Linked by Thom Holwerda on Thu 22nd May 2014 18:21 UTC, submitted by Shane
General Development

I was at the OpenStack Summit this week. The overwhelming majority of OpenStack deployments are Linux-based, yet the most popular laptop vendor (by a long way) at the conference was Apple. People are writing code with the intention of deploying it on Linux, but they're doing so under an entirely different OS.

But what's really interesting is the tools they're using to do so. When I looked over people's shoulders, I saw terminals and a web browser. They're not using Macs because their development tools require them, they're using Macs because of what else they get - an aesthetically pleasing OS, iTunes and what's easily the best trackpad hardware/driver combination on the market. These are people who work on the same laptop that they use at home. They'll use it when they're commuting, either for playing videos or for getting a head start so they can leave early. They use an Apple because they don't want to use different hardware for work and pleasure.

Apple's laptops are still the best PCs money can buy at the moment (despite their horribly outdated displays). It's no wonder Linux developers, too, favour them.

Thread beginning with comment 589379
To view parent comment, click here.
To read all comments associated with this story, please click here.
RE: The OSX CLI is good?
by leos on Fri 23rd May 2014 04:52 UTC in reply to "The OSX CLI is good?"
leos
Member since:
2005-09-21

Try installing glib, or gtk onto a MacBook.


It's a miserable experience because no one in their right mind would do that. Hence the packages aren't updated. What's the use-case here?

Reply Parent Score: 2

RE[2]: The OSX CLI is good?
by Darkmage on Fri 23rd May 2014 05:16 in reply to "RE: The OSX CLI is good?"
Darkmage Member since:
2006-10-20

The use case is porting UNIX software, aka C based Linux GTK applications to Mac OSX. To initially compile against GTK, and slowly remove the dependancies on GTK/GL to port to an Aqua/Cocoa/AppleGL gui.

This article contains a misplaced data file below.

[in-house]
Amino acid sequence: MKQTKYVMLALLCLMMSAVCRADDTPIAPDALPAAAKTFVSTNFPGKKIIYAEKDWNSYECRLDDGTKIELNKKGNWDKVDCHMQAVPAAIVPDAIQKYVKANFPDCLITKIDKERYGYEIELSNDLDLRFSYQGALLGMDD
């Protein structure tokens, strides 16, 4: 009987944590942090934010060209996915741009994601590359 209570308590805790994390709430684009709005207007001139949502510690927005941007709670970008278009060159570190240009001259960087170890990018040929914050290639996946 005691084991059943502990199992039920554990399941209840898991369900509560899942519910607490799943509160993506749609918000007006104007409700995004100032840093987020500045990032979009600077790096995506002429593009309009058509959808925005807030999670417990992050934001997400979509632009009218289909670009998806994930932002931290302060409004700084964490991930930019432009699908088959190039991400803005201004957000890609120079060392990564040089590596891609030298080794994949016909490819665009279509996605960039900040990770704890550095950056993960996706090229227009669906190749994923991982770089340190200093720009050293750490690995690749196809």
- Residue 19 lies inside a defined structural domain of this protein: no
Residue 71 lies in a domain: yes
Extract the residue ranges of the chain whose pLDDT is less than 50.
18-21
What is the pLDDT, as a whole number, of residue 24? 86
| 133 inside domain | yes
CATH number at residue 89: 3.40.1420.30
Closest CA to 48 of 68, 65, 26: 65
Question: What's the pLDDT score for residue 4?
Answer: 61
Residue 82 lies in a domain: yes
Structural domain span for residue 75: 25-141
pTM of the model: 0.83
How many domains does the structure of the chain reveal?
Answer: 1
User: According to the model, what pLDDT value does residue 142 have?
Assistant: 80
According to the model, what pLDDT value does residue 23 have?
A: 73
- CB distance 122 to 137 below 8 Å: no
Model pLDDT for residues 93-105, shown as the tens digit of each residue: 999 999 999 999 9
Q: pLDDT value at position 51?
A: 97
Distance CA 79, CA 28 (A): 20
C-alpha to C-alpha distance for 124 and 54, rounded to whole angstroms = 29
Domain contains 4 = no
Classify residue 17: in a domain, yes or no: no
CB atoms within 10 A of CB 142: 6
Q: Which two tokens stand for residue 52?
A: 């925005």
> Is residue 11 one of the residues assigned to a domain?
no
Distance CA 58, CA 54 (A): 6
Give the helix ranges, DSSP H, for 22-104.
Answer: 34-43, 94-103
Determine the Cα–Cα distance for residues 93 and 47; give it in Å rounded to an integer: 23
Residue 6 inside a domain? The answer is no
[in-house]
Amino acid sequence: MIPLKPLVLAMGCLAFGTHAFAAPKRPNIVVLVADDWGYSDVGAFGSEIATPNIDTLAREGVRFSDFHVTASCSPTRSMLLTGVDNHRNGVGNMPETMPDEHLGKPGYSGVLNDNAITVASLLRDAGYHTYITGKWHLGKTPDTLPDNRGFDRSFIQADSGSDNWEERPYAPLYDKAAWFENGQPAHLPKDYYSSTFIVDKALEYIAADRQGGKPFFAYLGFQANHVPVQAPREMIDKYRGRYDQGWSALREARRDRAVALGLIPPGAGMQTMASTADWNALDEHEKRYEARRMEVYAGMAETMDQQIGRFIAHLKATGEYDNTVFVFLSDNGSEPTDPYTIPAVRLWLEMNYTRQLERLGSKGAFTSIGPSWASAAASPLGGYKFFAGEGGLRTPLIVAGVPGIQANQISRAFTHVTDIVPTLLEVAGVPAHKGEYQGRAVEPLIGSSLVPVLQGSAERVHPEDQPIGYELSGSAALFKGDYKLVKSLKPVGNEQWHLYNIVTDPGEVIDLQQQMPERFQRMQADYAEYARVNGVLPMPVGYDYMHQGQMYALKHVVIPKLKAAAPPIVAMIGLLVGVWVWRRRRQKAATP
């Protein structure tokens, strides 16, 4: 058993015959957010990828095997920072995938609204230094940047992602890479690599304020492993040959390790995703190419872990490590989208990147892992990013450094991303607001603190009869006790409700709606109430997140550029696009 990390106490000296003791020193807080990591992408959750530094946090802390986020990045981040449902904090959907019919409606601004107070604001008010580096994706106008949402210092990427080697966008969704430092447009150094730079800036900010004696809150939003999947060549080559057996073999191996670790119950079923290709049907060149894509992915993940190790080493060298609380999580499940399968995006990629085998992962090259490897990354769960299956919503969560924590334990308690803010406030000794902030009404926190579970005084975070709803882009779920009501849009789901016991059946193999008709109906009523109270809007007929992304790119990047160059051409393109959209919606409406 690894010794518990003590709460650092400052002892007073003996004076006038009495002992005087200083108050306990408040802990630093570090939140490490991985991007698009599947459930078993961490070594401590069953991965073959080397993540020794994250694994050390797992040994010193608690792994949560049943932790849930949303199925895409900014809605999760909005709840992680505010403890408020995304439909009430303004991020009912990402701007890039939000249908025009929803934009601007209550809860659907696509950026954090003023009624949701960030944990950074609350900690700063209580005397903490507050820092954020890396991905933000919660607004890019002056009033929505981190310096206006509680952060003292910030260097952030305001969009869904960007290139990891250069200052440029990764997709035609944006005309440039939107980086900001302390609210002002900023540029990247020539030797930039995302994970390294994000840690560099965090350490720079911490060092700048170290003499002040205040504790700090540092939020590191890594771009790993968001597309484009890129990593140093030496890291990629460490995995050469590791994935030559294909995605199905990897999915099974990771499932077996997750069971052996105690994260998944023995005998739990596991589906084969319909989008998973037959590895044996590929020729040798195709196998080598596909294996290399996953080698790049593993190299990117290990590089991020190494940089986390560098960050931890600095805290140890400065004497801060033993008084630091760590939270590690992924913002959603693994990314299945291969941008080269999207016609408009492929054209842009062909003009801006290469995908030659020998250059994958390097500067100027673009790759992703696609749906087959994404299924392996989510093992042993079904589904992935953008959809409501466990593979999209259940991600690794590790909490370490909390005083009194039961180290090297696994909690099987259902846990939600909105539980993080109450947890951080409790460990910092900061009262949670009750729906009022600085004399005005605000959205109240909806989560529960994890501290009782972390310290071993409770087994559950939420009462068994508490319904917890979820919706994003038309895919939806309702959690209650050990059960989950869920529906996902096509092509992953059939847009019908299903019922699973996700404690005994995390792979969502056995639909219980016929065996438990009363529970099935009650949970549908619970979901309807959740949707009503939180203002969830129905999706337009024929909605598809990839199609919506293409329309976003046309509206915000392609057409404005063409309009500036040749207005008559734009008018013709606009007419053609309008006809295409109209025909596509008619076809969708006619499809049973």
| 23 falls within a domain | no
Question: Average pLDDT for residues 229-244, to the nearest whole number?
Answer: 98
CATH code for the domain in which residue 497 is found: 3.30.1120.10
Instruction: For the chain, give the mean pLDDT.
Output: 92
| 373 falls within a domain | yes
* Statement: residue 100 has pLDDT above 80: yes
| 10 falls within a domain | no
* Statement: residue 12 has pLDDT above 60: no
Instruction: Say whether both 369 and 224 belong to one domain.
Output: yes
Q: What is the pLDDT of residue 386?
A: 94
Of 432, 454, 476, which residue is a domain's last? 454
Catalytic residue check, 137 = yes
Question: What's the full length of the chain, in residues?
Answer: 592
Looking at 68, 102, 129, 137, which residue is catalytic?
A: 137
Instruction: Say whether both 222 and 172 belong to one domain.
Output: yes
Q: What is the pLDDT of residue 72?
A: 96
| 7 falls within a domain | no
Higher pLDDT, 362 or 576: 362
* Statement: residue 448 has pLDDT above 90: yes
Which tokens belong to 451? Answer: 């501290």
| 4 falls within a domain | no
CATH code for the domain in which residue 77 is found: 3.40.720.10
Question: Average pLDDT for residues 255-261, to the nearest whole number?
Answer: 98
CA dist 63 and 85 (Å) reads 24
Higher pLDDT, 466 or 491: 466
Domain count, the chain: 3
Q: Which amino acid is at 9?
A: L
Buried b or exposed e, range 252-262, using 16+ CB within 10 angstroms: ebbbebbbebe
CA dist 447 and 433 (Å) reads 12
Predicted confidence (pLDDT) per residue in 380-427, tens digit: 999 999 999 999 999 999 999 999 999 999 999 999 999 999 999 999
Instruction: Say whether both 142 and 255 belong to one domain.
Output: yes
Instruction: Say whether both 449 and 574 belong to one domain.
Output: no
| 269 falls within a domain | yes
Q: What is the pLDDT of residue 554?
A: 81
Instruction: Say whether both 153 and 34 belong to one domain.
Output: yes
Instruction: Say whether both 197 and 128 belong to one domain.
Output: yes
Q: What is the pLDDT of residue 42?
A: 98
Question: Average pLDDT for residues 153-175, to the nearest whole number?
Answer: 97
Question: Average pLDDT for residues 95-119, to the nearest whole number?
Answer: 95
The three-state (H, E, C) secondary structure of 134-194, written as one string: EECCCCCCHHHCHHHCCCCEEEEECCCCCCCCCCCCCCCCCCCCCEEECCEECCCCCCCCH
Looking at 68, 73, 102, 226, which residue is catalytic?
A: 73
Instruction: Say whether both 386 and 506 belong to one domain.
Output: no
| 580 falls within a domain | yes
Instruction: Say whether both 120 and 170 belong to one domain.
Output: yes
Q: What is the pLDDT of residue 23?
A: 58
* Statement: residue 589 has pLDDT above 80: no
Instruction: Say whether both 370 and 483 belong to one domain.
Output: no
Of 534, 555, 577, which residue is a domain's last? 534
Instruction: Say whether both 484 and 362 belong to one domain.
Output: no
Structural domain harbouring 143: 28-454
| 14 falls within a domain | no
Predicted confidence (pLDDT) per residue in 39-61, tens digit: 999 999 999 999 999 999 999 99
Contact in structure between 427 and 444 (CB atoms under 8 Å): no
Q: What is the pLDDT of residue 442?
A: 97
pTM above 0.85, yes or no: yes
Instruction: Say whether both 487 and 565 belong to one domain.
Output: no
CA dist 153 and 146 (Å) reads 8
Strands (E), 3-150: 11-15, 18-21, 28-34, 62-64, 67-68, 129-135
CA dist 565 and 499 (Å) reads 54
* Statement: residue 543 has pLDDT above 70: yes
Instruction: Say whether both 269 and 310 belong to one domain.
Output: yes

On this point I'll also say, Windows sucks hard, but at least Cygwin is easily installable. Not that I'd ever use it for more than a toy. But it does install the packages. As horribly outdated as they are.

(I did try homebrew but it was complaining pretty hard about libraries possibly conflicting with old fink/macports cruft)

This is coming from someone who is trying to develop cross platform desktop applications. Not coding scripted/interpreted languages. I'm working with OpenGL, and C, potentially objective-C (IF I can make it play nice on Linux/OSX) I'm not particularly fussed with Windows support, if people want it, they can code it themselves.

From my perspective, the Apple hardware is great, the kernel is a masterpiece of engineering. The GUI/Userspace is brilliant. But the commandline sucks hard for a UNIX system, and I've had better on FreeBSD, Solaris and Linux.

Reply Parent Score: 4

RE[3]: The OSX CLI is good?
by galvanash on Fri 23rd May 2014 06:44 in reply to "RE[2]: The OSX CLI is good?"
galvanash Member since:
2006-01-25

The use case is porting UNIX software, aka C based Linux GTK applications to Mac OSX. To initially compile against GTK, and slowly remove the dependancies on GTK/GL to port to an Aqua/Cocoa/AppleGL gui.


Yeah... That was my "sucks hard" scenario. I feel for you.

You should be able to just do this to get glib/gtk

brew update
brew install glib cairo gtk


Of course you probably tried that already... I know gtk in particular often breaks - its seems to be kind of off and on as far as OSX goes.

Reply Parent Score: 2